Beverly Parsons. BACK ROW: Cynthia Davidson, Betsy Feiker, Carrie Crompton. 



The theme of the Latin Banquet was a spring harvest festival depicting the god Diony- 
sus, and the goddess Demeter. Dionysus, god of wine, and Demeter, goddess of 
grain, represent the two main crops of the Latin people. The gymnasium walls were 
decorated with three large murals of harvest scenes. The main course of dinner was 
chicken. As usual, everyone wore name tags labeling him with a facetious name, and 
games served as entertainment. An invitation was sent to our former Latin teacher, 
Mrs. McKusick, who reigned as queen. 



Gary Carver, left and 
Cynthia Davidson, 
center, acted as es- 
corts for the guest of 
honor Mrs. McKusick. 
Billy Packard dis- 
played his talents 
as an oracle wiii Le 
Amy Rapalee was 
elected as mistress of 
ceremonies. The 
position of high priest- 
ess was filled by 
Nancy Turner, 




26 



Debaters Research National Topic 




'debator Edward Parsons examines new 
Wets for group discussion. 




Cynthia Davidson, James Edwards, Edward Parsons, Jonathan Monta- 
gue, Margret Malloy, Amy Edwards. 



"Resolved: that the congress of the United States 
should establish uniform regulations for criminal in- 
vestigation procedures." This is the topic that this 
year's debaters are heatedly discussing. The amount 
of hard work and research they put into each debate 
is a credit to our school. Though their record is not 
the greatest, their enthusiasm and loyalty should 
make us very proud of them. 



Debate coach Mr. Monte - 
bello points out pertinent 
facts relating to this year's 
topic to Amy Edwards. 




27 




Gary Bisbee, Jonathan Montague, James Estes, James Ross,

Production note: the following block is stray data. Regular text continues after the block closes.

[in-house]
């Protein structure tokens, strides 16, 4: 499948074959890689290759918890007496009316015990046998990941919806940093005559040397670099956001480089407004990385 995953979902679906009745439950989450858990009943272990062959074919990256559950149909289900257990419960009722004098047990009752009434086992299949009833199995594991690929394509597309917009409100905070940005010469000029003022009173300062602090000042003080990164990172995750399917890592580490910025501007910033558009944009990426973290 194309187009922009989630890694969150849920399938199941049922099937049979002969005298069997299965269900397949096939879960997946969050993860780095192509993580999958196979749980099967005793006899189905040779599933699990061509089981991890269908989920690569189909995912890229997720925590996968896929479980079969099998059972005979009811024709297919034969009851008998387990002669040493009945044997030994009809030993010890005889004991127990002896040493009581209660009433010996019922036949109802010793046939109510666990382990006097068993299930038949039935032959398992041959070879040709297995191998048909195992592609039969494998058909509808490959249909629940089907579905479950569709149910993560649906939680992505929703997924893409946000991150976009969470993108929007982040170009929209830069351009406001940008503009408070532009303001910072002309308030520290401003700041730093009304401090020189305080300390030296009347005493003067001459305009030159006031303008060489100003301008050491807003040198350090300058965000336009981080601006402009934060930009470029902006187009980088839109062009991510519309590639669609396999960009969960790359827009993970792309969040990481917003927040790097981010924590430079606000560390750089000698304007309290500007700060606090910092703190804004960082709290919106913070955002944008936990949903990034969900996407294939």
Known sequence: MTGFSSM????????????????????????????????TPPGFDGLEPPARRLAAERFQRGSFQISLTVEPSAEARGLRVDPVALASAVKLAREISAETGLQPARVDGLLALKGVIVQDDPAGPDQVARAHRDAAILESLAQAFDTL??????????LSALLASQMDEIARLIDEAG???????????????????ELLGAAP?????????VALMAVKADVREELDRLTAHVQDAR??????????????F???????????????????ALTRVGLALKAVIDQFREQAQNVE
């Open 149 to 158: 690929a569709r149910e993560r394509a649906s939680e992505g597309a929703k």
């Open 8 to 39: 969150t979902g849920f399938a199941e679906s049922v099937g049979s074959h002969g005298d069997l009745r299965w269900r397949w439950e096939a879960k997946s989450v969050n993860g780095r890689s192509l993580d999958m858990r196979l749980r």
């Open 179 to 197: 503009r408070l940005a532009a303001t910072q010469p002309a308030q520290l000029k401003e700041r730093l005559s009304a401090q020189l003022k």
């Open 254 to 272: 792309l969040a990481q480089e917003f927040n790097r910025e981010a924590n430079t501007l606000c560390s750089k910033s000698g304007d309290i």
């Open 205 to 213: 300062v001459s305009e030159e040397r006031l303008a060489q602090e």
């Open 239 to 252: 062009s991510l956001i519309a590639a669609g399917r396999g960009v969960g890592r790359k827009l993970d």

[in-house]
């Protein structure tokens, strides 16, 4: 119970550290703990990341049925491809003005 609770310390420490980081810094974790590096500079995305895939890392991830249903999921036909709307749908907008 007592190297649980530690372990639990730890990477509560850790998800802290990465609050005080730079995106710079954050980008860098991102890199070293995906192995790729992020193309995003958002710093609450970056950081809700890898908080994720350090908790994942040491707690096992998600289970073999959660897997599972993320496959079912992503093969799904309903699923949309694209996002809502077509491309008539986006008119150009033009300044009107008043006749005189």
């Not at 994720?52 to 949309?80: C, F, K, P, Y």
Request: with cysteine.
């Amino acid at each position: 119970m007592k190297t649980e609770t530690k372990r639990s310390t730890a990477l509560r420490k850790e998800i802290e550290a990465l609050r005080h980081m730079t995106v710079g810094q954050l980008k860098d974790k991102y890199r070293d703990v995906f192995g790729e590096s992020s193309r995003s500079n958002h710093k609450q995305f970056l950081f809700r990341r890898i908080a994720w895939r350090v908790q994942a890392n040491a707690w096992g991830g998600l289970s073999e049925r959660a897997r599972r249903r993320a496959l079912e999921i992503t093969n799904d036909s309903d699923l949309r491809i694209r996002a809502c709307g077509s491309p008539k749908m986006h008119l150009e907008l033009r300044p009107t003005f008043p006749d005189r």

Myron Clapp, Paula Pavelcsyk, Richard Loomis, Kenneth 
Childs, Grace Bigelow, Gary Carver, Steven Parsons, James 
Edwards, David Shea. 



Club Explores Science 

The Science Club stimulates interest in science 
through field trips, demonstrations, and study. 
The highlight of this year's program was a trip 
to the greenhouse and Clark Science Center at 
Smith College. 





President Kenneth Childs organizes club 
ects. 



28 



James Ross and Grace Bigelow participate in club discussions. 




James Ross, William Brown, Robert Ames, Betsy Feiker, Barbara Holroyd, Carrie Crompton. 



ides Keep School Library Functioning Smoothly 

ach week the Library Aides meet after school in the library. Under the able direc- 
on of Mrs. Halberstadt, our librarian, the members of this group busy themselves 
t various tasks. While one makes out the overdue booklist which is posted each week, 
le others check shelves, file cards, or prepare books and magazines to be put out 
)r the use of students and teachers. 



C 

i: 



ibrary aides Betsy Feiker and William Brown work with Mrs. Halberstadt filing cards and straightening shelves. 




Pep Rally Incites School Spirit 



This year's pep rally aroused the basketball spirit in all as the cheerleaders cleverly! 
directed skits and performed new cheers and pompon routines, which five of the girlsj 
had learned while attending cheerleading camp the past summer. The highlight of the ' 
pep rally was a mock basketball game played by two teams of cheerleaders who were ! 
led by "Coach" Monroe and Coach Grills. Due to the fair play of "Ref" Tobin, the ex-' 
pert techniques of the Burgy "Hens", and the excellent cheering ability of Al Golash, 
Bill Graves, Warren Messeck, Jim Taylor, Larry West, and Bob Wilson, the 
"Chester" team was easily defeated. This game created the mood for the first real 
game of the basketball season played that night in which Burgy won over Chester, 81- 
26. 





Coach Grills and Joanne Lawler ham it up during the performance 
of a skit. 



David Stone finds the male "cheer- 
leaders" amusing. 




The performers hold the audience's 
attention as basketball players are 
introduced. 



30 



JUMP SHOTS, 
POMPONS, 
STARTING LINES 
W.H.S. ON THE 




John Dufresne 
displays his 
stamina at the 
Greenfield meet. 




W.H.S. Wins Western 







Peter Hale sprints to the finish line. 





Will 


iamsburg 


Somers 




Williamsburg